A soil moisture sensor is used to measure the moisture content of the soil, which helps in regulating the watering cycles for optimal plant growth. You can make your own soil moisture sensor at home which is an economical alternative to the similar gadgets available in the market. The sensor is made using metal probes which are inserted into a block of gypsum; the resistance between them gives you the moisture levels which are read using an analogue measuring device. The steps below guide you through a simple easy to do process of how to make your own soil moisture sensor:
Step 1 – Setting the Metal Pieces
If you are using metal wall hangers straighten them out (you can use nails which are easier to use, make sure they are 1 1/2 inches in length) set them about 15 millimeters apart. Insert them into the straw which is cut to about 4 inches in length. Put glue on the top end to hold them in place. Make sure a part of the nails protrude beyond the straw.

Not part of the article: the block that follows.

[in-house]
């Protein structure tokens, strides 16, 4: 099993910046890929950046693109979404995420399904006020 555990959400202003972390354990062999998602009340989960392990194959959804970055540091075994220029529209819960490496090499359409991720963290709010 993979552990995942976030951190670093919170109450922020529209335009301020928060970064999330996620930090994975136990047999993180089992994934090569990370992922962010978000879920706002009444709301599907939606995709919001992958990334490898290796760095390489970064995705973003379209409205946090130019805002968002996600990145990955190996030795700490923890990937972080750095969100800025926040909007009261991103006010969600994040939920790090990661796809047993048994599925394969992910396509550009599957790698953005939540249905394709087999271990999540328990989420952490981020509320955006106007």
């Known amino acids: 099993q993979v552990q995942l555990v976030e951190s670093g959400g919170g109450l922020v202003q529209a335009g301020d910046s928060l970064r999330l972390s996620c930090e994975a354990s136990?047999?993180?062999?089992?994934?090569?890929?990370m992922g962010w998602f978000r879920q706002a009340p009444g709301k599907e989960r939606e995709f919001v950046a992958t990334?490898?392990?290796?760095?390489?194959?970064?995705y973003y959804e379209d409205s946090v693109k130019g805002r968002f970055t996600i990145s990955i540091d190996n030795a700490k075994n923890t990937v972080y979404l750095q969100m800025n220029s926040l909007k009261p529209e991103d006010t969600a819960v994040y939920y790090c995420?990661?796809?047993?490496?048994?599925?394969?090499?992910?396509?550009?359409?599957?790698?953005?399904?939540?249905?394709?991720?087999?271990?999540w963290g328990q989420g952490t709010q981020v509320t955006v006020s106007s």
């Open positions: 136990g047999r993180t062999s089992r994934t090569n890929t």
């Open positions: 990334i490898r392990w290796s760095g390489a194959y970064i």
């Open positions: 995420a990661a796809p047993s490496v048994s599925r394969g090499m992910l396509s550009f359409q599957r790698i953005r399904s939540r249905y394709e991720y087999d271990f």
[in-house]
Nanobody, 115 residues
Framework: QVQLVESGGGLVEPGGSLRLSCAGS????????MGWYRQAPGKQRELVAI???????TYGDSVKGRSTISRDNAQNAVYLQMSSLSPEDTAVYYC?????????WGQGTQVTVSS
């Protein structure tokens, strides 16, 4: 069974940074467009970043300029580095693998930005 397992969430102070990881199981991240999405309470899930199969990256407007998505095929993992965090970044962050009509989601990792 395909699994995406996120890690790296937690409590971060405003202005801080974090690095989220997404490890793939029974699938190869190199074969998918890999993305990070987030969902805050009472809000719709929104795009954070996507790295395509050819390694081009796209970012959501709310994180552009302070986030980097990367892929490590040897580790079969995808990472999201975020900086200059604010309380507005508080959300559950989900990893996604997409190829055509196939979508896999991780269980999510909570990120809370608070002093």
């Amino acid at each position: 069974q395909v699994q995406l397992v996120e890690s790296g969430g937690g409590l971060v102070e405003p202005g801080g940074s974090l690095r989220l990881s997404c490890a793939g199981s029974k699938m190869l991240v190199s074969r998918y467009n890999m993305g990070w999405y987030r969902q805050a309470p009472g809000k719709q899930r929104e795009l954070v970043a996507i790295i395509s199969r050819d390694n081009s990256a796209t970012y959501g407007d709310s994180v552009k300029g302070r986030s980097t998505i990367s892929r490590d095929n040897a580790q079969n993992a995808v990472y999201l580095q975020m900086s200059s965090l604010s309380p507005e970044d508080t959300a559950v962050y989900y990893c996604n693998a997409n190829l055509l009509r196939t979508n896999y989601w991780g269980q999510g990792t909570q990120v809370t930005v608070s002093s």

Step 2 – Mixing Plaster of Paris and Making the Mould
The ideal material for moisture sensors is gypsum, but Plaster of Paris works just as well as it is gypsum heated at very high temperatures. Mix the plaster according to the directions given on the label; use a small skewer or screwdriver to insert the Plaster of Paris into the straw. Gently tap the straw to settle the Plaster of Paris and remove air bubbles. When you reach the top use the edge of the screwdriver to form a sort of conical shape; set the probe aside in an upright position to let dry. You can tape the probe against a flat wall to hold it in position.
Step 3 – Preparing the Probe
Dry the probe for 24 hours before you proceed to the next step. Cut away part of the straw to reveal the dried Plaster of Paris, you can use a cutter to do this. Now your moisture sensor is ready to be tested.
Step 4 – Testing the Device
To test the moisture sensor hook up the cables of the analogue measuring device to the protruding nails. This will give you a reading which will be the standard reading of the device when dry; you can use these to gauge the moisture content of the soil by comparing the readings.
Step 5 – Tips and Advice
Wear protective gloves to protect your hands from any chemicals (such as Plaster of Paris), that may act as irritants. If you have metal hangers they are a better alternative to nails. One pack of Plaster of Paris can give you plenty of moisture sensors and they work well in grow boxes as well. Insert the moisture sensor into the soil so as to immerse leave the top of the sensor above the soil for accurate readings.